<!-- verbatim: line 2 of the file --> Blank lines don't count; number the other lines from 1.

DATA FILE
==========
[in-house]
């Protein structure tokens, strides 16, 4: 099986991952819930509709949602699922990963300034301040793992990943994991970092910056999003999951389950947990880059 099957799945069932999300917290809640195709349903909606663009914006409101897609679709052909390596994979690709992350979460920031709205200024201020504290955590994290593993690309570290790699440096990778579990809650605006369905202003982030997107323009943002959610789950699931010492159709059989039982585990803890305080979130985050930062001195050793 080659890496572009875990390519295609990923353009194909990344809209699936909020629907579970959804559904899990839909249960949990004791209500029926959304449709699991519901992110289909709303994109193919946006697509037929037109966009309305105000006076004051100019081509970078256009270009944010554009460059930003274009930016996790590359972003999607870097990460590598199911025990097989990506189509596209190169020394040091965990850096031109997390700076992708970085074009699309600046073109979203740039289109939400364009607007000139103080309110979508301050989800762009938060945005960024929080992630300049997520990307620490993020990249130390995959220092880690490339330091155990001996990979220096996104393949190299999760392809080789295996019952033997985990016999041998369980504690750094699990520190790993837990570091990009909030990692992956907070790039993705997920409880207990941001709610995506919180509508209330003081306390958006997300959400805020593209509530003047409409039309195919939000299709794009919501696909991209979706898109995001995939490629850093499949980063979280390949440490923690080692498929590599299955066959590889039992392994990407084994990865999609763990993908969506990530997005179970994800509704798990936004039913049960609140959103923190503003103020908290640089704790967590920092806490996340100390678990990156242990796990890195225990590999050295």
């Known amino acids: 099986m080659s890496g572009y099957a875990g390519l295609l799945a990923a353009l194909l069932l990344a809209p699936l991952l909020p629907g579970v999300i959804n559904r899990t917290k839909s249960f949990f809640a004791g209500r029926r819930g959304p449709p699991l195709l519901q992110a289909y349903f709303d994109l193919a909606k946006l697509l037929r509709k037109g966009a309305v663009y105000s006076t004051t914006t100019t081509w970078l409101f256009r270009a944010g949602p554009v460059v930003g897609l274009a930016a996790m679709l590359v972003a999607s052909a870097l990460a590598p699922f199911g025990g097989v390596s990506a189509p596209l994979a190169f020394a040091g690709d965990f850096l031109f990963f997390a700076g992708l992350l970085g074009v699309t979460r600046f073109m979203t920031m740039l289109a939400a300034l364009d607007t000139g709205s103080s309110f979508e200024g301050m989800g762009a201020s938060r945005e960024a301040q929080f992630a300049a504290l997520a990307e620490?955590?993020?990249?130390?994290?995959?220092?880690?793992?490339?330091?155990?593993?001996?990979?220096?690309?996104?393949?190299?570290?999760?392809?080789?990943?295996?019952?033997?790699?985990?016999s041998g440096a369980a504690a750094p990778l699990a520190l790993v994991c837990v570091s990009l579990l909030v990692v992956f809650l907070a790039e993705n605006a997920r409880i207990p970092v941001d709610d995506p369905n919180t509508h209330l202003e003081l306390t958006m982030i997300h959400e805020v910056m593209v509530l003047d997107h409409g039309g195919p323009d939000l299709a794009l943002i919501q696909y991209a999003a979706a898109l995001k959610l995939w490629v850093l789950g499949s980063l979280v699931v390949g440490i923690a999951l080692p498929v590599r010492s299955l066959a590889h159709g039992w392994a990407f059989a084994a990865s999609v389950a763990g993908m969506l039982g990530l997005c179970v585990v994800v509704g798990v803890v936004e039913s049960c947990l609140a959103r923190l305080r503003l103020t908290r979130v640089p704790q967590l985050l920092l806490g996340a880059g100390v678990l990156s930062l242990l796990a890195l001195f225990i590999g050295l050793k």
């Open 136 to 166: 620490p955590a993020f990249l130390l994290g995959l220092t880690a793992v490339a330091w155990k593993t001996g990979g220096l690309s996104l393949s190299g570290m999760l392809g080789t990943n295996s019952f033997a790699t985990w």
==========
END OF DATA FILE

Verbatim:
């Protein structure tokens, strides 16, 4: 099986991952819930509709949602699922990963300034301040793992990943994991970092910056999003999951389950947990880059 099957799945069932999300917290809640195709349903909606663009914006409101897609679709052909390596994979690709992350979460920031709205200024201020504290955590994290593993690309570290790699440096990778579990809650605006369905202003982030997107323009943002959610789950699931010492159709059989039982585990803890305080979130985050930062001195050793 080659890496572009875990390519295609990923353009194909990344809209699936909020629907579970959804559904899990839909249960949990004791209500029926959304449709699991519901992110289909709303994109193919946006697509037929037109966009309305105000006076004051100019081509970078256009270009944010554009460059930003274009930016996790590359972003999607870097990460590598199911025990097989990506189509596209190169020394040091965990850096031109997390700076992708970085074009699309600046073109979203740039289109939400364009607007000139103080309110979508301050989800762009938060945005960024929080992630300049997520990307620490993020990249130390995959220092880690490339330091155990001996990979220096996104393949190299999760392809080789295996019952033997985990016999041998369980504690750094699990520190790993837990570091990009909030990692992956907070790039993705997920409880207990941001709610995506919180509508209330003081306390958006997300959400805020593209509530003047409409039309195919939000299709794009919501696909991209979706898109995001995939490629850093499949980063979280390949440490923690080692498929590599299955066959590889039992392994990407084994990865999609763990993908969506990530997005179970994800509704798990936004039913049960609140959103923190503003103020908290640089704790967590920092806490996340100390678990990156242990796990890195225990590999050295």